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AJ Piergiovanni

AJ Piergiovanni

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    Preview abstract Effective scaling and a flexible task interface enable large-capacity language models to excel at many tasks. PaLI (Pathways Language and Image model) extends these ideas to the joint modeling of language and vision. PaLI is a model that generates text based on visual and textual inputs. Using this API, PaLI is able to perform many vision, language, and multimodal tasks, across many languages. We train PaLI with two main principles: reuse of pretrained unimodal components, and joint scaling of modalities. Using large-capacity pretrained language models and vision models allows us to capitalize on their existing capabilities, while leveraging the substantial cost of training them. We scale PaLI models across three axes:the language component, the vision component, and the training data that fuses them. For the vision component, we train the largest and best-performing VisionTransformer (ViT) to date. For the data, we build an image-text training set over10B images and covering over 100 languages. PaLI inherits and enhances language-understanding capabilities, and achieves state-of-the-art in multiple vision and language tasks (image classification, image captioning, visual question-answering, scene-text understanding, etc.), based on a simple, modular, and reuse-friendly platform for modeling and scaling. View details
    Joint Adaptive Representations for Image-Language Learning
    Transformers for Vision (T4V) Workshop at the Conference on Computer Vision and Pattern Recognition (CVPR) (2023)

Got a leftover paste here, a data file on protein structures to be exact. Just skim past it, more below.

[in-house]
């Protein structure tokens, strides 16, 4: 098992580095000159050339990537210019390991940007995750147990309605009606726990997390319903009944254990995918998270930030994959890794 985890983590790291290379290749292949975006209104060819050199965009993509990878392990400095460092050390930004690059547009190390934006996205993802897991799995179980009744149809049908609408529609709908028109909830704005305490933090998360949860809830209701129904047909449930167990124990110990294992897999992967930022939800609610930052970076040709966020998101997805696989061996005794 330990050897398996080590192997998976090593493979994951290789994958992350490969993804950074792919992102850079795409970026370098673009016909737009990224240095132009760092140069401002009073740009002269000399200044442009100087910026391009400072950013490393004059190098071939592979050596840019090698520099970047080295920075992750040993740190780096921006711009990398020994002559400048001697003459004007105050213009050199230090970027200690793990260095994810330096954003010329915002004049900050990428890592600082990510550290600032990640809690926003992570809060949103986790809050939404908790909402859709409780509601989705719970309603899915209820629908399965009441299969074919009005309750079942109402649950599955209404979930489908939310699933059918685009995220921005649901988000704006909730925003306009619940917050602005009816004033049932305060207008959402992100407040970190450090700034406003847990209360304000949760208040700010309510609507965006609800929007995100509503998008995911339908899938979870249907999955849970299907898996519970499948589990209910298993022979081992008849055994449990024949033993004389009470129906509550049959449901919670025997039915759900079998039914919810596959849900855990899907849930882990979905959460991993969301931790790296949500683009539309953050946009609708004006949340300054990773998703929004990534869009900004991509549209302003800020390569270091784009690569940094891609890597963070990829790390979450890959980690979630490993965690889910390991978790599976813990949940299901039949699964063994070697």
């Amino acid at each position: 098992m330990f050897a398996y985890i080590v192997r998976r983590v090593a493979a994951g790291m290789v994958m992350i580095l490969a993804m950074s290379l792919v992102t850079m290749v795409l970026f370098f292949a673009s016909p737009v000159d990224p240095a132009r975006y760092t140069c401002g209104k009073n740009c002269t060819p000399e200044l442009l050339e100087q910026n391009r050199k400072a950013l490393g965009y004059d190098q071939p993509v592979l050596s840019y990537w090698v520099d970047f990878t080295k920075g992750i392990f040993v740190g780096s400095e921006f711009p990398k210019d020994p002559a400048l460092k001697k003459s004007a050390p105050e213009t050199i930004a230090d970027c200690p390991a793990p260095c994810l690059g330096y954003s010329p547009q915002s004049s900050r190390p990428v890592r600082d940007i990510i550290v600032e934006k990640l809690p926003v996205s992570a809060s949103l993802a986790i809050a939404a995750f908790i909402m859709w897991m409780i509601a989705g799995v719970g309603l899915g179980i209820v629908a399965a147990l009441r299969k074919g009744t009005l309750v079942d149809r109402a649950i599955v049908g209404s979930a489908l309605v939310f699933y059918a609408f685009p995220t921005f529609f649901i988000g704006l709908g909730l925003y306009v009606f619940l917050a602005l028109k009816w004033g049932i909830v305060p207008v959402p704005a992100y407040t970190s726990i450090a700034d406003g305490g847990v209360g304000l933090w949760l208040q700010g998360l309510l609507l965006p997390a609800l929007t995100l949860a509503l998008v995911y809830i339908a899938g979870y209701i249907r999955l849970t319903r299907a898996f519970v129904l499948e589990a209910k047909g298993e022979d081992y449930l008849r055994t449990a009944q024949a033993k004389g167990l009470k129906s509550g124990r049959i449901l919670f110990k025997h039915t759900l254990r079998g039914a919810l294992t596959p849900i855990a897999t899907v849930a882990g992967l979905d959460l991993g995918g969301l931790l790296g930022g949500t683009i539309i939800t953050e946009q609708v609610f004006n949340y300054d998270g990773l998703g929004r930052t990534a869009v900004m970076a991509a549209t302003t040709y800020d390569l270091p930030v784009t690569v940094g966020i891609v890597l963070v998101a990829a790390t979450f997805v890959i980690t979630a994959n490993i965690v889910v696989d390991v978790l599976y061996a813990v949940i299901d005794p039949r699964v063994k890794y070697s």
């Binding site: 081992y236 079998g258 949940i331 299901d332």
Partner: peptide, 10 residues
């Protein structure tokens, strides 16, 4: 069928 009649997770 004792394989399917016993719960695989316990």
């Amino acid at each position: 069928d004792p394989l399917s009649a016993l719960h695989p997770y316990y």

Preview abstract Image-language transformer models have achieved tremendous success, but they come at high computational costs. We here propose a joint adaptive image-language representation learning, which adaptively and iteratively fuses the multi-modal features. This consistently reduces the model cost and size, allows the model to scale without a large increase in FLOPs or memory, and outperforms bigger and much more expensive models. With only 40M training examples and with 39 GFLOPs our model outperforms many times larger models, some reaching 800 GFLOPs. View details
    Dynamic Pre-training of Vision-Language Models
    Wei Li
    ICLR 2023 Workshop on Multimodal Representation Learning (2023)
    Preview abstract Vision-Language pretraining aims to learn universal cross-modal representations and to create models with broad capabilities. In this paper, we propose a novel dynamic pretraining resampling for a variety of pretraining tasks. Unlike recent large-scale vision-language approaches, we show that a set of diverse self- and weakly-supervised pretraining tasks dynamically sampled according to task difficulty provides strong performance. Further, the approach is sample-efficient, using much less data and compute to address a range of downstream tasks. We show that a single 330M pretrained model using only smaller and publicly accessible datasets, achieves competitive or SOTA performance on three diverse groups of tasks: visual question answering, text-based image localization by referring expressions, and video question answering. View details
    Preview abstract We present F-VLM, a simple open-vocabulary object detection method built upon Frozen Vision and Language Models. F-VLM simplifies the current multi-stage training pipeline by eliminating the need for knowledge distillation or detection-tailored pretraining. Surprisingly, we observe that a frozen VLM: 1) retains the locality-sensitive features necessary for detection, and 2) is a strong region classifier. We finetune only the detector head and combine the detector and VLM outputs for each region at inference time. F-VLM shows compelling scaling behavior and achieves +6.5 mask AP improvement over the previous state of the art on novel categories of LVIS open-vocabulary detection benchmark. In addition, we demonstrate very competitive results on COCO open-vocabulary detection benchmark and cross dataset transfer detection, in addition to significant training speed-up and compute savings. Code will be released at https://sites.google.com/corp/view/f-vlm/home. View details